A typical welding production line in Škoda Auto contains 600 to 700 robots. These are grouped into separate cells, in which parts of the car body are welded, for example, a door pillar, a side wall, a partition wall, floor and such like. Each portion is composed of small parts, which have robots serving, and in most cases connected to, each other by resistance welding. Finished parts are passed between cells, either manually or by automatic conveyors and feeders, which happens mainly in cells called the “main production stream”.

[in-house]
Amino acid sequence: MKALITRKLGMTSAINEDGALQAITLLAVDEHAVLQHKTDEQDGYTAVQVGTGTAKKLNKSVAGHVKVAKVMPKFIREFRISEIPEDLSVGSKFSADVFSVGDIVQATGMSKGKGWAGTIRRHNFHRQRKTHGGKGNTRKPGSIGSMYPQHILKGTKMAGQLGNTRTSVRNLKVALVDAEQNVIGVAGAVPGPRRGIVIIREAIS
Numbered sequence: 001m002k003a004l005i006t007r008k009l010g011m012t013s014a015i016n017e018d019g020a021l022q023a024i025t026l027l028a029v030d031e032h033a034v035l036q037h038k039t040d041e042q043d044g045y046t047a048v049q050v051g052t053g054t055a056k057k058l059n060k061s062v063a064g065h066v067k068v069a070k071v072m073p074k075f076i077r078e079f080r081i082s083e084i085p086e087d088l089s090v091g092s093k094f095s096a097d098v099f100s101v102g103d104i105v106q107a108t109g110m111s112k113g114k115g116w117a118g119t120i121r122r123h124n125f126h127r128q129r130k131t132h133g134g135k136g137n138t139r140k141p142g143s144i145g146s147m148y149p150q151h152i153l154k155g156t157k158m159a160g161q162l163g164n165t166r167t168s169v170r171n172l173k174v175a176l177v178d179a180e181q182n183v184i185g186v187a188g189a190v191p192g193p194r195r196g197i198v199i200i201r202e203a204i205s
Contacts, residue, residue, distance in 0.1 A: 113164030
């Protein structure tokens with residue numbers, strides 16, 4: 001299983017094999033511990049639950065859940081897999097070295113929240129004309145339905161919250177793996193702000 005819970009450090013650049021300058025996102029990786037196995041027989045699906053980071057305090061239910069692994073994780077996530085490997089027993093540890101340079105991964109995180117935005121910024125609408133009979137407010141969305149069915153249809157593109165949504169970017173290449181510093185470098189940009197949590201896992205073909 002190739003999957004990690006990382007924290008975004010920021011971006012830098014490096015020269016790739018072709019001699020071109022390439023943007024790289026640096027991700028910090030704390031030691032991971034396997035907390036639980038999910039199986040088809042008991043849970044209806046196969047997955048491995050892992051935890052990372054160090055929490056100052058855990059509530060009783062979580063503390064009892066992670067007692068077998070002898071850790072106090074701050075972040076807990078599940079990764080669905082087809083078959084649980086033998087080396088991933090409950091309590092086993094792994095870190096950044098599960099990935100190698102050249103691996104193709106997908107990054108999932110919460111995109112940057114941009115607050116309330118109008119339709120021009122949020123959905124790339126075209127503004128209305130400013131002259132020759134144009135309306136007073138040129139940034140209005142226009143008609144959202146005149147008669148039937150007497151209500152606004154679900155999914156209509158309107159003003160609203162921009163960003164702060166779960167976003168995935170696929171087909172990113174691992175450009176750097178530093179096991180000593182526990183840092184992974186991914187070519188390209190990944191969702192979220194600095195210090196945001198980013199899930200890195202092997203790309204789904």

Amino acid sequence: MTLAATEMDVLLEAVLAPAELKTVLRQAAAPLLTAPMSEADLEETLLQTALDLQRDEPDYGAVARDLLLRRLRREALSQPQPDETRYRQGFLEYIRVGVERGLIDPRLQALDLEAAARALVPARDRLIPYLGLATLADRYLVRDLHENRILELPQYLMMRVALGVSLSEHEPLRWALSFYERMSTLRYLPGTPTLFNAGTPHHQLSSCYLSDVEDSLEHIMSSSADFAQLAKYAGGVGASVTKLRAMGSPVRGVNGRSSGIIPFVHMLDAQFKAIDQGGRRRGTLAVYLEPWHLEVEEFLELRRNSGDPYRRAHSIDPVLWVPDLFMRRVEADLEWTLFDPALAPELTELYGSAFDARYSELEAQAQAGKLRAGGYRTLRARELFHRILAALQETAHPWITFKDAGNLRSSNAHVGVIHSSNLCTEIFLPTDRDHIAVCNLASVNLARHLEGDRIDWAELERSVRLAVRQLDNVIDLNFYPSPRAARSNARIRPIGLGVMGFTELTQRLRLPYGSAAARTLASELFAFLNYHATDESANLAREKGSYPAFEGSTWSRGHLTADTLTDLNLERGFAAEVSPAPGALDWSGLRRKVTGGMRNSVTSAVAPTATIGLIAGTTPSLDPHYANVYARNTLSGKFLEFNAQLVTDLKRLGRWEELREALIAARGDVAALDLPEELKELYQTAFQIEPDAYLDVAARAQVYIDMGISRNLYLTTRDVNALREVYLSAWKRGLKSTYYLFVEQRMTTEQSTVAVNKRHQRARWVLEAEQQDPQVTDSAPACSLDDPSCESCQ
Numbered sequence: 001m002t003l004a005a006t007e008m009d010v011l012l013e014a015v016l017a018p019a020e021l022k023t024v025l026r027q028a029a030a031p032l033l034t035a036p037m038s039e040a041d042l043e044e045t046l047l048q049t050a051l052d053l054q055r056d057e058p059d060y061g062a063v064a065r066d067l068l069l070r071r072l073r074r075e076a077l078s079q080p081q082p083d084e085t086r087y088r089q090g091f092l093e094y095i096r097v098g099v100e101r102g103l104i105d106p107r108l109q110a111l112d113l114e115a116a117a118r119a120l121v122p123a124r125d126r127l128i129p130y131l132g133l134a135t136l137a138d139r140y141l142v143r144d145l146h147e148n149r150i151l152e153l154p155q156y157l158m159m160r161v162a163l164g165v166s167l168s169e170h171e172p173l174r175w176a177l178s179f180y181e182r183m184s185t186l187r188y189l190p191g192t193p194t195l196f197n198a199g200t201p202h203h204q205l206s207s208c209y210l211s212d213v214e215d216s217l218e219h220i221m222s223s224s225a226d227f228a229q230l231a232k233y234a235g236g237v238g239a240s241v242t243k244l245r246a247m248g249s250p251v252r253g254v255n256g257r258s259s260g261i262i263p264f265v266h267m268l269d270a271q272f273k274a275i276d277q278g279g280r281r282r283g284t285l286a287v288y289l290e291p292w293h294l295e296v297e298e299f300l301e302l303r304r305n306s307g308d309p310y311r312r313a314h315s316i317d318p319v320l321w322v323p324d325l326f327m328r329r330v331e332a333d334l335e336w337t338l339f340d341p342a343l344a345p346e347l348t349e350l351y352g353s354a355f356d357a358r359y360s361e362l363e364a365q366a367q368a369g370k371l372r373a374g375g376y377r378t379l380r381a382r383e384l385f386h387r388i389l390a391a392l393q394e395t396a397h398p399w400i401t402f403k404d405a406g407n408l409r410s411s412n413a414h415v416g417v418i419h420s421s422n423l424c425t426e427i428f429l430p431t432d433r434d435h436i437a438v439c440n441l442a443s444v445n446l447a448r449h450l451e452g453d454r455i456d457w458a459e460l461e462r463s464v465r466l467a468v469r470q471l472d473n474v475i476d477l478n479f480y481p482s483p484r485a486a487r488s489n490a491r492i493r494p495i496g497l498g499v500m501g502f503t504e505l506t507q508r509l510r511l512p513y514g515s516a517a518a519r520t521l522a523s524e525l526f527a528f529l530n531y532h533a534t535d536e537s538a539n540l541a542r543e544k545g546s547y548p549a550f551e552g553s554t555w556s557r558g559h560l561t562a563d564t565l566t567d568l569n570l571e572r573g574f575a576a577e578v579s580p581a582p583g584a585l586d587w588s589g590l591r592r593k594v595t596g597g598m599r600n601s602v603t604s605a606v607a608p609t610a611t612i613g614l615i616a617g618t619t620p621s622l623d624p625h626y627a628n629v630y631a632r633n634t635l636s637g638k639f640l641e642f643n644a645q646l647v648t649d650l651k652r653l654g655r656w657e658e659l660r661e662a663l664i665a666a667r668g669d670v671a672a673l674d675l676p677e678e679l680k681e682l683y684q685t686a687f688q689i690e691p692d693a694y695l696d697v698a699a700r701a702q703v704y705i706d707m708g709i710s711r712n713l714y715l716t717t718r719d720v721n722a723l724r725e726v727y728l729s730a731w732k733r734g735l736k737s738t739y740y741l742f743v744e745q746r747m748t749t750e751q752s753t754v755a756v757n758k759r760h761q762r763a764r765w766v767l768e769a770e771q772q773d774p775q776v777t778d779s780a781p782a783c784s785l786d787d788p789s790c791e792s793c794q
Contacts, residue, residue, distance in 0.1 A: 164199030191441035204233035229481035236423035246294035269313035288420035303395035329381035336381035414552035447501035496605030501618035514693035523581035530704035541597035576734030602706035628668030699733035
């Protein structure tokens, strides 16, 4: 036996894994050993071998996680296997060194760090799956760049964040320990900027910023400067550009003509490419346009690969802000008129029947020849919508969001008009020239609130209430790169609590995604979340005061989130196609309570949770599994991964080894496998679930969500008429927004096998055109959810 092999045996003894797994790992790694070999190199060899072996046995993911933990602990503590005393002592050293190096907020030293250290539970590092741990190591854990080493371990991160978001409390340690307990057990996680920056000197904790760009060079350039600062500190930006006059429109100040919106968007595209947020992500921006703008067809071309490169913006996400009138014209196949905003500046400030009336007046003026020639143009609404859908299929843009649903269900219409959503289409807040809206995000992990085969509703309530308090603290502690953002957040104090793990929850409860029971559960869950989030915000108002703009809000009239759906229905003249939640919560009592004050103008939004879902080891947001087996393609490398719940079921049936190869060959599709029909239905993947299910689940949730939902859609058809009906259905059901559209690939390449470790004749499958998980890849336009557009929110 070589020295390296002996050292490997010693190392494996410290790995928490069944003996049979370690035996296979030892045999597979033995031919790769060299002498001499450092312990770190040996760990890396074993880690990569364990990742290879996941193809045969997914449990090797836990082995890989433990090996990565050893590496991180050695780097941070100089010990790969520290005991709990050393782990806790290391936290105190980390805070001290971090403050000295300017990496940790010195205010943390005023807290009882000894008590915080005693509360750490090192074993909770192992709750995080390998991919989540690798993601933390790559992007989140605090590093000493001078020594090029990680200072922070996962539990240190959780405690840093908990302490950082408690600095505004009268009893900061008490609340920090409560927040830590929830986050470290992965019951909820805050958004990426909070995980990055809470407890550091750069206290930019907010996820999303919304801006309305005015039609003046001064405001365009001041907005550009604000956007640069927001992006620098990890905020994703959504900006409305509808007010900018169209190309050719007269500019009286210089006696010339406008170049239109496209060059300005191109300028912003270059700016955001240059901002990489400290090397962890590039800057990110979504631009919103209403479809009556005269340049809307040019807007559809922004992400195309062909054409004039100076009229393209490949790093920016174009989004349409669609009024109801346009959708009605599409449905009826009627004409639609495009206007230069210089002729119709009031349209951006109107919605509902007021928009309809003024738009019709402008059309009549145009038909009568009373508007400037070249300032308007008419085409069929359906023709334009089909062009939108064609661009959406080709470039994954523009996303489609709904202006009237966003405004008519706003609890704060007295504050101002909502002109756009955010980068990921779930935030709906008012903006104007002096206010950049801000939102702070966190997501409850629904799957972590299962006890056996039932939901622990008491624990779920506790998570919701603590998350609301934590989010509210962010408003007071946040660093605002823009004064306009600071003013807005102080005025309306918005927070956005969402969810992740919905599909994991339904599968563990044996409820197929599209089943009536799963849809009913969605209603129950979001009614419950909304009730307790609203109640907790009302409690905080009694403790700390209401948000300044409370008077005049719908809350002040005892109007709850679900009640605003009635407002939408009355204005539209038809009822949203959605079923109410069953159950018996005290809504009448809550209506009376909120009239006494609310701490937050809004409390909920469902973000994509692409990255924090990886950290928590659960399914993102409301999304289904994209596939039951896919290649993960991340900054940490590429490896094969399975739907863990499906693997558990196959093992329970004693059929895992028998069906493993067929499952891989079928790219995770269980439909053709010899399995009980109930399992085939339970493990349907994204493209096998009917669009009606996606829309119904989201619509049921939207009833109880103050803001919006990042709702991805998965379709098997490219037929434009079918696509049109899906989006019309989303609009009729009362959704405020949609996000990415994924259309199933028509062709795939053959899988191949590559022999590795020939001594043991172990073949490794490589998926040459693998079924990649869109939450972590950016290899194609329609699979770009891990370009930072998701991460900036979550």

Today's robots used in automobile production are equipped with energy-saving modes into which it is possible to convert the robot if not carrying out any operation. Typically, there are two saving modes, Standby and Hibernate. In Standby, consumption drops by about 30 percent, and in Hibernation up to 85 percent. Hibernation is suitable for longer periods, such as weekends, whilst standby is used for short breaks, as required, or lunch breaks. With the appropriate use of power-saving modes on weekends and during scheduled breaks we managed to save about 5 percent of total consumption in a robot cell. In the future, however, we can expect higher savings, especially with the development of technologies such as Profienergy, which is a standardized profile defining how to set up transitions between power modes. This profile is gaining support from the manufacturers of other devices. During a production break it would be possible to sleep additional devices as well as robots and thereby reduce consumption even more.